Coalition: 17 Afghan rebels killed
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(CNN) -- U.S.-led coalition forces have destroyed an enemy bunker in southern Afghanistan, killing 17 insurgents, the military said Friday.
Enemy fighters were intercepted on Wednesday setting up an ambush site near Tarin Kowt in Oruzgan province, a military statement said.
Meanwhile Friday, attackers bombed a school in an eastern province near the Pakistani border, the coalition command in Afghanistan said.
These latest reports come amid increased fighting in recent months between Taliban militants and coalition forces in Afghanistan.
The school incident took place east of Gardez in Paktia province. Ten classrooms were destroyed in a bombing overnight, according to reports from the Afghan National Police.
There were no injuries but the Combined Forces Command was scornful of the perpetrators, saying "enemies of Afghanistan once again demonstrated their contempt for children's education."
"The Afghan government, with the help of coalition nations, is working tirelessly to build schools so children can have a better future," Lt. Col. Paul Fitzpatrick, spokesman for Combined Joint Task Force - 76, is quoted as saying in a command news release.
"This incident demonstrates the only vision extremists can offer."
The command said "coalition forces have built 140 new schools and refurbished and repaired 148 schools in the past year."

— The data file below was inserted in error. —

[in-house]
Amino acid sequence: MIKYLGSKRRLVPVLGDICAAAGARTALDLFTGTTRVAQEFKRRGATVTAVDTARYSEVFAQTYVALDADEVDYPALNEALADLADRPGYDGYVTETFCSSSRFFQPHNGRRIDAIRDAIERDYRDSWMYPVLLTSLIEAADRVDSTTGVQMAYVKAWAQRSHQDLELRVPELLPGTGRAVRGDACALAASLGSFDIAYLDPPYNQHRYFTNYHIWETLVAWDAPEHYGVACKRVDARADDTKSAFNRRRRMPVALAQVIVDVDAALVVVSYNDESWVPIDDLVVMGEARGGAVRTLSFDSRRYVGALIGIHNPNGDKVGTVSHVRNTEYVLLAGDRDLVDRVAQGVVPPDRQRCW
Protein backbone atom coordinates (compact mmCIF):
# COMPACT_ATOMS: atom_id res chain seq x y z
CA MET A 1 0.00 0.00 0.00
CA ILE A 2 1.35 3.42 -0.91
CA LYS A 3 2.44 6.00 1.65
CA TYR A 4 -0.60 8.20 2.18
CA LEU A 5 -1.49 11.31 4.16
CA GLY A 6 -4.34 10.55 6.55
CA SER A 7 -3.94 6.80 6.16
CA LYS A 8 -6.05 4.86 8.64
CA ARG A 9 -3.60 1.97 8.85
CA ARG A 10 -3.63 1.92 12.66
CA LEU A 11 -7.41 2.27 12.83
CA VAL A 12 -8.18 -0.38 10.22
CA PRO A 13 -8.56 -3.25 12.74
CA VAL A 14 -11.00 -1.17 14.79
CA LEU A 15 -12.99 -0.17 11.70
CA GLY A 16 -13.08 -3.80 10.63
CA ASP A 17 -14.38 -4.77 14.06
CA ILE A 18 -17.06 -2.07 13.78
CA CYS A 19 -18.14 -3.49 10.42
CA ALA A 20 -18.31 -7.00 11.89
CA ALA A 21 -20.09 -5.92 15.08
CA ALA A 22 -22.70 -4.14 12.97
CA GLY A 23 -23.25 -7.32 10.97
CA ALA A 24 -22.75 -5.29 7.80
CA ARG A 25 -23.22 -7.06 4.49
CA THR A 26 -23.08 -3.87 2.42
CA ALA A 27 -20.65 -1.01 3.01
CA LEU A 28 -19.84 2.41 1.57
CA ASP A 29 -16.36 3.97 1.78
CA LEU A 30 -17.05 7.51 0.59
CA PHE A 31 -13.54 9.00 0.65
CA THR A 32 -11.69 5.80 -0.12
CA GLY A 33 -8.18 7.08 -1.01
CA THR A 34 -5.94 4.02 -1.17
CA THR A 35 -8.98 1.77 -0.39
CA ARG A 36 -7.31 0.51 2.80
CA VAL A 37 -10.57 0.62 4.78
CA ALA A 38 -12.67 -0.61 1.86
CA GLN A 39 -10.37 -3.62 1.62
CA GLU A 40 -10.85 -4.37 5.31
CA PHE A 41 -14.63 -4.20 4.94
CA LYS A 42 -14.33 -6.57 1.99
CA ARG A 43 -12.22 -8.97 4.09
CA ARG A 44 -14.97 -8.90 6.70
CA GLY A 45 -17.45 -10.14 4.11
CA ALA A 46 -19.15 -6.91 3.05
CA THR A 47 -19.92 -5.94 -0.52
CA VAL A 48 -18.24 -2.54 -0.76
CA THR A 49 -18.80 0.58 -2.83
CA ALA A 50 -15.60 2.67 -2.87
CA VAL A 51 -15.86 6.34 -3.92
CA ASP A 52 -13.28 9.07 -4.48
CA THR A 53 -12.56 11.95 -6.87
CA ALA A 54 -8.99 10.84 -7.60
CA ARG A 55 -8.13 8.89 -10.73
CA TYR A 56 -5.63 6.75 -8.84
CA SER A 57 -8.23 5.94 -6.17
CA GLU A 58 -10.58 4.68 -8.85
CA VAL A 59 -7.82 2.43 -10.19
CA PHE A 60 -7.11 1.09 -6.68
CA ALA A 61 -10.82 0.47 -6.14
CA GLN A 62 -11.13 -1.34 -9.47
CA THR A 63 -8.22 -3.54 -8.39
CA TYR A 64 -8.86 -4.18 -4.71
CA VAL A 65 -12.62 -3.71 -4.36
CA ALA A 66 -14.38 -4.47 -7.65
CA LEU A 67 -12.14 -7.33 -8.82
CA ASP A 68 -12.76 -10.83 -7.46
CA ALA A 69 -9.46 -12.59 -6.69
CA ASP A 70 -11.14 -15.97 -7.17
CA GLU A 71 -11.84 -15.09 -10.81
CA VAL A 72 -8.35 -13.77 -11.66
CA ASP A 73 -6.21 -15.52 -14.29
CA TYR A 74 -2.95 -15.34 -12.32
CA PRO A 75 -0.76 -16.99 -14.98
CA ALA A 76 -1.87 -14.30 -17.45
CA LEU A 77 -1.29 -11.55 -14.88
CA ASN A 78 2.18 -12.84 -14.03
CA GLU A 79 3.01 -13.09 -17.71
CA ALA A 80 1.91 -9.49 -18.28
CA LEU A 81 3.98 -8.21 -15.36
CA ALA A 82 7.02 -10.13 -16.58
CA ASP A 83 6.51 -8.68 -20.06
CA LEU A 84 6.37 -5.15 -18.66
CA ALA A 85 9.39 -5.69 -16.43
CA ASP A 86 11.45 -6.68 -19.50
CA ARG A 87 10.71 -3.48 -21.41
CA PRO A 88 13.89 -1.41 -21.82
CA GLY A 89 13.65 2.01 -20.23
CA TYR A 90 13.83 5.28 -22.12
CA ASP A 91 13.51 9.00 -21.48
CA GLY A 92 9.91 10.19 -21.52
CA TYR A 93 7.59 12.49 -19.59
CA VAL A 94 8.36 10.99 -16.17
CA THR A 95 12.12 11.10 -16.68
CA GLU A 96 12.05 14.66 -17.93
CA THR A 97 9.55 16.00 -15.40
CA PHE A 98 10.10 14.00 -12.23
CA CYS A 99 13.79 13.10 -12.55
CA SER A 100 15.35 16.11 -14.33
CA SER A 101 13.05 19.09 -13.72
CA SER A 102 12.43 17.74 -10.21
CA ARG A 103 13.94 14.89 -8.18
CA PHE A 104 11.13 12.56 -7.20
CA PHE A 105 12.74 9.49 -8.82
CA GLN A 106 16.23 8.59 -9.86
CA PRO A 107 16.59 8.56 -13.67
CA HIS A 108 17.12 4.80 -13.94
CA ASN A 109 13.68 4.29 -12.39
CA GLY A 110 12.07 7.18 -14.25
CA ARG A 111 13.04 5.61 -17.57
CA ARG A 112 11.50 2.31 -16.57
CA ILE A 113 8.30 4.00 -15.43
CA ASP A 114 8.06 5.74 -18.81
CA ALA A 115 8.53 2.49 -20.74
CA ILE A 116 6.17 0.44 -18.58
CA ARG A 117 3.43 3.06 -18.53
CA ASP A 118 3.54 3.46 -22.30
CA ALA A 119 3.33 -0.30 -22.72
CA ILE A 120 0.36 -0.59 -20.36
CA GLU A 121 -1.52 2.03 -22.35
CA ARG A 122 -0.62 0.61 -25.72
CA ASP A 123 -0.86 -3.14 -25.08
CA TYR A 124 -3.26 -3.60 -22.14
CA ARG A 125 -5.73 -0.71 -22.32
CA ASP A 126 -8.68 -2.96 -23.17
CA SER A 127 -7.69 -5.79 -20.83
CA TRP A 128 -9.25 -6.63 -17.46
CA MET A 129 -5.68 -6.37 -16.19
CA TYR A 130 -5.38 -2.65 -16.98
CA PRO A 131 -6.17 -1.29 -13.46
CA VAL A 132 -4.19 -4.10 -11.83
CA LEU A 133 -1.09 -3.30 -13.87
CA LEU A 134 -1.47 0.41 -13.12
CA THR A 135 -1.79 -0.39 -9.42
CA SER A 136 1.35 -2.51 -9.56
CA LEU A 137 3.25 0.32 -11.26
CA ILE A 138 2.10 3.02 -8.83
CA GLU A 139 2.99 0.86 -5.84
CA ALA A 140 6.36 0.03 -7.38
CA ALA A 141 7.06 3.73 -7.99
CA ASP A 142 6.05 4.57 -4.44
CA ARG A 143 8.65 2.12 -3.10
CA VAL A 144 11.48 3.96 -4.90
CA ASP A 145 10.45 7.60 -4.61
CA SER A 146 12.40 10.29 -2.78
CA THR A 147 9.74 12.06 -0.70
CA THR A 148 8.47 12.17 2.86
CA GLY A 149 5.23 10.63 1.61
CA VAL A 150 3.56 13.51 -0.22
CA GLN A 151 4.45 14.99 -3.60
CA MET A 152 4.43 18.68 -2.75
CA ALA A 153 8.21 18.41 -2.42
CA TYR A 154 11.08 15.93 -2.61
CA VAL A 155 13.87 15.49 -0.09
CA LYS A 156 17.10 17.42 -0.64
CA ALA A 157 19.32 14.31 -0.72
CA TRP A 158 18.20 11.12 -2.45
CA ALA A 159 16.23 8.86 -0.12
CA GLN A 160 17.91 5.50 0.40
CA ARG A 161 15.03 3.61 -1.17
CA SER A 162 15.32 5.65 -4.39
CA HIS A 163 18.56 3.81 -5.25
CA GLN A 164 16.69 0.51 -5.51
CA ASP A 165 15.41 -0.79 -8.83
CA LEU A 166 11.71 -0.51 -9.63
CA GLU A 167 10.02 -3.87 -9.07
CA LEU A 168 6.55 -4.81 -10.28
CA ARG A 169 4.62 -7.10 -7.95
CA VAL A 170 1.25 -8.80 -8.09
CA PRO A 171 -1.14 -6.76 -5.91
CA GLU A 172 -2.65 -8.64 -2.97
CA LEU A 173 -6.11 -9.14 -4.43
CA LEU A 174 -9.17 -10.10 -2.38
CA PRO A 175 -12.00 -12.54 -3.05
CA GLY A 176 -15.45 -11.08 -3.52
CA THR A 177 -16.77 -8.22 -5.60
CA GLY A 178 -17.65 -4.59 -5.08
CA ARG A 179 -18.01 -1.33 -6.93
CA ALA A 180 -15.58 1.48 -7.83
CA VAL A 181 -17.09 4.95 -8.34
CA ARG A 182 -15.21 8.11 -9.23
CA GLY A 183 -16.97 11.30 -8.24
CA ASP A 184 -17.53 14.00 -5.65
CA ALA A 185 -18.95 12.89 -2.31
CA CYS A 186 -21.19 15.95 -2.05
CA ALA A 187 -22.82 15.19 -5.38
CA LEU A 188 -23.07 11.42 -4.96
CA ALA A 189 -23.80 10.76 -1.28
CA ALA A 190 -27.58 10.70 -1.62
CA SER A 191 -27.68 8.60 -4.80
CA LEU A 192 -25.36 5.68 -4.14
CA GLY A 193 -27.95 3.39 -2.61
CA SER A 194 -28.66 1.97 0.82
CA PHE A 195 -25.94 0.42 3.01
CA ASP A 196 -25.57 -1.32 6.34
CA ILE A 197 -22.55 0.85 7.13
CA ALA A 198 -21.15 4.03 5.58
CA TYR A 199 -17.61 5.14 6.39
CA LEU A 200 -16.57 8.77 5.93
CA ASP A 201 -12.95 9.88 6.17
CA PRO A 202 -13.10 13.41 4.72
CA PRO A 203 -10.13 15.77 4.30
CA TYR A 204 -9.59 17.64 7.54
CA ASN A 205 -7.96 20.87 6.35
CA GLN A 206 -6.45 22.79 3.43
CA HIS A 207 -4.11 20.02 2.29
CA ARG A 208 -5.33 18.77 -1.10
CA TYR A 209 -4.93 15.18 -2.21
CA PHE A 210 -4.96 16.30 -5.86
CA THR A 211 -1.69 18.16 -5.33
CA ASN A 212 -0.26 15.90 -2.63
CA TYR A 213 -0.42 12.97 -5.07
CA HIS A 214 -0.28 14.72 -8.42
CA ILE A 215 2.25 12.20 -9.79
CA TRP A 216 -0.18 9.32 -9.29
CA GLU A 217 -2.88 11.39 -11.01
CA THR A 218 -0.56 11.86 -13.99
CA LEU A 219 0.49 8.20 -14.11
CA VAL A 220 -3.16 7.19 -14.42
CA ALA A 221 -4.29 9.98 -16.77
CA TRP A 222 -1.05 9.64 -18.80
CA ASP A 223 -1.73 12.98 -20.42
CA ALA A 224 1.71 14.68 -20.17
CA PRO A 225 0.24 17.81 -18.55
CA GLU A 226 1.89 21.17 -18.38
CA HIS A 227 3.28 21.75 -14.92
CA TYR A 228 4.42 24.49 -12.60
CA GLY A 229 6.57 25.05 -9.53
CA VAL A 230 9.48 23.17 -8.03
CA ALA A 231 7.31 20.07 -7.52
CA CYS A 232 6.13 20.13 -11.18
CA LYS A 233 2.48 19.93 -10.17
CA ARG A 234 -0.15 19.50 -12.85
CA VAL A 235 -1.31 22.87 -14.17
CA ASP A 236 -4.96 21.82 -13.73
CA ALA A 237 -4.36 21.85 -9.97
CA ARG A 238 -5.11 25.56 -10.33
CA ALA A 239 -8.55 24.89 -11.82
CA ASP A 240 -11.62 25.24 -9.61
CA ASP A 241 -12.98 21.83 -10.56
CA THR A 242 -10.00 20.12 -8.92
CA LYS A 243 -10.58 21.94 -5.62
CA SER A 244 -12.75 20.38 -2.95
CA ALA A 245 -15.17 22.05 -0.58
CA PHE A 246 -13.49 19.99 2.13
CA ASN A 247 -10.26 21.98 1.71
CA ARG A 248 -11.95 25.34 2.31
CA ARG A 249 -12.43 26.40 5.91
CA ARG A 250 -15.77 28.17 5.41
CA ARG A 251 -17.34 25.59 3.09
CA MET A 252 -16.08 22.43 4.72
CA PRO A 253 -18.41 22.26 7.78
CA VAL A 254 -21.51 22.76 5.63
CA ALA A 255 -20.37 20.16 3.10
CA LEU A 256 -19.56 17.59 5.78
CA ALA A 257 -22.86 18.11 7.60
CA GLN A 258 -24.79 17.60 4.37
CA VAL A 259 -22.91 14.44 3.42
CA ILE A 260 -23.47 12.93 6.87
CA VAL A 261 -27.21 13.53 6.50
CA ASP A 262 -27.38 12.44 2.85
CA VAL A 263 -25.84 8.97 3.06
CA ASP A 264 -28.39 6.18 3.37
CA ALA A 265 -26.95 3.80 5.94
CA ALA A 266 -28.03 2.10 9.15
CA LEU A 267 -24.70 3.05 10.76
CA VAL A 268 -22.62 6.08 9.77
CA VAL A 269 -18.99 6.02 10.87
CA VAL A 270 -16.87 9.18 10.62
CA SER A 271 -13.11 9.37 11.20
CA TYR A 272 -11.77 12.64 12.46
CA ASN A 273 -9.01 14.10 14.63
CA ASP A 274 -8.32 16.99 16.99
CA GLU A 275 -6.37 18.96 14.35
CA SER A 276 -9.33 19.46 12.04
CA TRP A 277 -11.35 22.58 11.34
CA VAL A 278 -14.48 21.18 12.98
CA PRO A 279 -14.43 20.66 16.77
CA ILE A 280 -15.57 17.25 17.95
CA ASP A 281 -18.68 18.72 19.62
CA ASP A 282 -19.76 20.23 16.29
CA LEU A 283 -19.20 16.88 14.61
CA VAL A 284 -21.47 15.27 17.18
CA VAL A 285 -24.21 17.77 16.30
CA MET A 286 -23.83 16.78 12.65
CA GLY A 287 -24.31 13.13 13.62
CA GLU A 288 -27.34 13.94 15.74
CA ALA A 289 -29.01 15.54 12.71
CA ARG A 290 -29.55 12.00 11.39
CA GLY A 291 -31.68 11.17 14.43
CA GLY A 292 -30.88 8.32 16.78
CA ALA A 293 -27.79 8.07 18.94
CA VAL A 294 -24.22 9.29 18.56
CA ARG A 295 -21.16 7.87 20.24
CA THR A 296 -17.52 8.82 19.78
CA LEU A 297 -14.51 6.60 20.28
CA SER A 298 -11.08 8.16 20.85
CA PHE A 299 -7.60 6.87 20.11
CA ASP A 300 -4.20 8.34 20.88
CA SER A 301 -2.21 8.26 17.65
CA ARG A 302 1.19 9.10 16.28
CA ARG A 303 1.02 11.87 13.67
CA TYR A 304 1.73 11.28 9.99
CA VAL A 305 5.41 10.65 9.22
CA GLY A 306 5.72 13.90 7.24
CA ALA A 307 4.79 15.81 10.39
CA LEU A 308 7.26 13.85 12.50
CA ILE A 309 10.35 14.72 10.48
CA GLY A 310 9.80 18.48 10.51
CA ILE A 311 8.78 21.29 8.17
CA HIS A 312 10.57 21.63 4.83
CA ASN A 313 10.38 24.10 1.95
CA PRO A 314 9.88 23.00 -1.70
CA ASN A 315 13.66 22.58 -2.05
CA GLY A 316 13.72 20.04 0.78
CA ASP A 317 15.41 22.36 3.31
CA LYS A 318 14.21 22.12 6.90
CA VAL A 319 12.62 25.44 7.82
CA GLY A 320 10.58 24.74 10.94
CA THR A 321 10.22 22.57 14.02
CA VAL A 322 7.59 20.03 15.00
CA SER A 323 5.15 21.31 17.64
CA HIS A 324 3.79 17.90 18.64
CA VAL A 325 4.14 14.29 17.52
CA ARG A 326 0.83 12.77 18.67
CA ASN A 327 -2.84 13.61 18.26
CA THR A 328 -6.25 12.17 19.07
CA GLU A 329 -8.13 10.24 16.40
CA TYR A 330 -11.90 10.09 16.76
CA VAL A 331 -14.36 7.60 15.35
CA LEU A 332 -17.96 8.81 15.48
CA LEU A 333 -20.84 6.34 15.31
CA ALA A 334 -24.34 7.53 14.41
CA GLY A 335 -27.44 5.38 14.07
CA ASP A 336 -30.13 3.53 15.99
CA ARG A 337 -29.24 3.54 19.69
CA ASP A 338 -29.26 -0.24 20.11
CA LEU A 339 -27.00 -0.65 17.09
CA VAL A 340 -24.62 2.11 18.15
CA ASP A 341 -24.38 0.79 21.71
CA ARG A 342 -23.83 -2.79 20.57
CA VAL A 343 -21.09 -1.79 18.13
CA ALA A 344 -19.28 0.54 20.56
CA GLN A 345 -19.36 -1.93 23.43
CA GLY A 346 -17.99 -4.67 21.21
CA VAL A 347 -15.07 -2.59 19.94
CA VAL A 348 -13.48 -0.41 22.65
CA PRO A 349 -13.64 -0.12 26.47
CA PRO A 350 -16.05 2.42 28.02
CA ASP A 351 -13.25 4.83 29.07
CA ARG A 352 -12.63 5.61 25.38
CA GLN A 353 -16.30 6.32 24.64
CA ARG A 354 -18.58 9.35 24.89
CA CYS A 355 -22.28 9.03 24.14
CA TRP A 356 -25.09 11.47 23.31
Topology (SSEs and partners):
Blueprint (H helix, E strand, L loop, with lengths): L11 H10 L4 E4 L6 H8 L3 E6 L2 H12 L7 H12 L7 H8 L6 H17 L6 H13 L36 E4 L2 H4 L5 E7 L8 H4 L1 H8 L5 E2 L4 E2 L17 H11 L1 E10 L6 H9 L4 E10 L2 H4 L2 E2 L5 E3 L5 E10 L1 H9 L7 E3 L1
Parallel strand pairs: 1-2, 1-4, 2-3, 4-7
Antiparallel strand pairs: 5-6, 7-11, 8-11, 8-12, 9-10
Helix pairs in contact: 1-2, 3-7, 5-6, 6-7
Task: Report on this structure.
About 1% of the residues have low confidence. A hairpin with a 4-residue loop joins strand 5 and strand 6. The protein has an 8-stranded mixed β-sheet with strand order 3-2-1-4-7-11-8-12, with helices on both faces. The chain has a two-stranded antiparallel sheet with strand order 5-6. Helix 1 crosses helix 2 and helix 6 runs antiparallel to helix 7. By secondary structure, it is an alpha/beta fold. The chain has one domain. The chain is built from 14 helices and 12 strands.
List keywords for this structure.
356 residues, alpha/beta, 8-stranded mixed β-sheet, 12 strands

Meanwhile, 17 Afghan "extremists" were killed in fighting on Wednesday with coalition forces, the command said in a news release.
"Coalition forces observed extremists with heavy weapons traveling back and forth from a bunker establishing an ambush site. Joint fires were used to engage the enemy position, killing 17 extremists. It is believed the extremists used the bunker to attack Afghan National Army and coalition forces from a distance on three separate occasions during the past week," the command said in a statement.
Fitzpatrick, quoted in another news release, said this operation was part of the Operation Mountain Thrust campaign, a largely NATO campaign in southern Afghanistan involving 10,000 Afghan and coalition troops.
"We are finding them wherever they attempt to operate and we are intercepting them before they can do harm against our forces or innocent civilians," he is quoted as saying.
On Thursday, Afghan President Hamid Karzai denounced al Qaeda deputy Ayman al-Zawahiri as the "cause of destruction" in his country. (Full story)
Al-Zawahiri, who leads al Qaeda along with Osama bin Laden, had been killing Afghans long before the 9/11 attacks and subsequent U.S.-led invasion, Karzai said.
"[Al-Zawahiri] first killed Afghans for years ... and then he went to America and destroyed the twin towers," Karzai said.
"So whether America wants him or not, whether the rest of the world wants him or not, we in Afghanistan want him arrested and put before justice."
Karzai hinted that al-Zawahiri may be within Afghanistan's borders.
The Afghan leader's comments came hours after the release of a new videotaped message from al-Zawahiri in which he calls on students in Kabul to rise up and "join in with the mujahedeen forces in attacking the invaders and freeing Muslim Afghanistan."
The video was posted on Islamic Web sites Wednesday evening.
In it, al-Zawahiri addresses his message to Afghans and discusses what he terms "crimes against the Afghan people by the Americans." (Watch how al Qaeda seeks to capitalize on events in Afghanistan -- 3:06)
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